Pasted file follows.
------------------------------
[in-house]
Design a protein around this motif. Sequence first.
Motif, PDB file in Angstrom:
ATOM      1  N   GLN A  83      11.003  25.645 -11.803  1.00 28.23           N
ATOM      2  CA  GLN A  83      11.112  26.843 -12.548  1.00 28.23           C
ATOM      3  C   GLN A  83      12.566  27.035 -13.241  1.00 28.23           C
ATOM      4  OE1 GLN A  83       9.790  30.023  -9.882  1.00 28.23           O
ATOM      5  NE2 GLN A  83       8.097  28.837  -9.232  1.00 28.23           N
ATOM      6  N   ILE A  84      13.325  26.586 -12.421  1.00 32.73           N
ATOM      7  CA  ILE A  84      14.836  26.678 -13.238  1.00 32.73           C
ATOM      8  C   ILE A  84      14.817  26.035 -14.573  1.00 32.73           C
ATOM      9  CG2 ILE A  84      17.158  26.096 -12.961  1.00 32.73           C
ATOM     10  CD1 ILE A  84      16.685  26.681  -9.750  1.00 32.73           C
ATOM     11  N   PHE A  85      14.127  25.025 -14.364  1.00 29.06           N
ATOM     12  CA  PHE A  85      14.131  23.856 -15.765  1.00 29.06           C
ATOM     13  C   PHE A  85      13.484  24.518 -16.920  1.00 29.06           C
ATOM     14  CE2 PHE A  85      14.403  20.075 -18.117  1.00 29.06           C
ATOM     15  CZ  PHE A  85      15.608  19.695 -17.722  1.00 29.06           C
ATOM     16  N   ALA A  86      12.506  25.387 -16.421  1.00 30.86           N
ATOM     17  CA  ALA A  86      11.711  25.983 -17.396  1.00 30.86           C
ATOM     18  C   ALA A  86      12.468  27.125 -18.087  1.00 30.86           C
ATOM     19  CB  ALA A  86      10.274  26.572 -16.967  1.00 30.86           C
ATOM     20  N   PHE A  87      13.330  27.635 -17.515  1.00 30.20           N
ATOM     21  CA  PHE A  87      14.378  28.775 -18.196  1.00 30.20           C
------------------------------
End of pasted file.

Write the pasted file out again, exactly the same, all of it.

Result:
[in-house]
Design a protein around this motif. Sequence first.
Motif, PDB file in Angstrom:
ATOM      1  N   GLN A  83      11.003  25.645 -11.803  1.00 28.23           N
ATOM      2  CA  GLN A  83      11.112  26.843 -12.548  1.00 28.23           C
ATOM      3  C   GLN A  83      12.566  27.035 -13.241  1.00 28.23           C
ATOM      4  OE1 GLN A  83       9.790  30.023  -9.882  1.00 28.23           O
ATOM      5  NE2 GLN A  83       8.097  28.837  -9.232  1.00 28.23           N
ATOM      6  N   ILE A  84      13.325  26.586 -12.421  1.00 32.73           N
ATOM      7  CA  ILE A  84      14.836  26.678 -13.238  1.00 32.73           C
ATOM      8  C   ILE A  84      14.817  26.035 -14.573  1.00 32.73           C
ATOM      9  CG2 ILE A  84      17.158  26.096 -12.961  1.00 32.73           C
ATOM     10  CD1 ILE A  84      16.685  26.681  -9.750  1.00 32.73           C
ATOM     11  N   PHE A  85      14.127  25.025 -14.364  1.00 29.06           N
ATOM     12  CA  PHE A  85      14.131  23.856 -15.765  1.00 29.06           C
ATOM     13  C   PHE A  85      13.484  24.518 -16.920  1.00 29.06           C
ATOM     14  CE2 PHE A  85      14.403  20.075 -18.117  1.00 29.06           C
ATOM     15  CZ  PHE A  85      15.608  19.695 -17.722  1.00 29.06           C
ATOM     16  N   ALA A  86      12.506  25.387 -16.421  1.00 30.86           N
ATOM     17  CA  ALA A  86      11.711  25.983 -17.396  1.00 30.86           C
ATOM     18  C   ALA A  86      12.468  27.125 -18.087  1.00 30.86           C
ATOM     19  CB  ALA A  86      10.274  26.572 -16.967  1.00 30.86           C
ATOM     20  N   PHE A  87      13.330  27.635 -17.515  1.00 30.20           N
ATOM     21  CA  PHE A  87      14.378  28.775 -18.196  1.00 30.20           C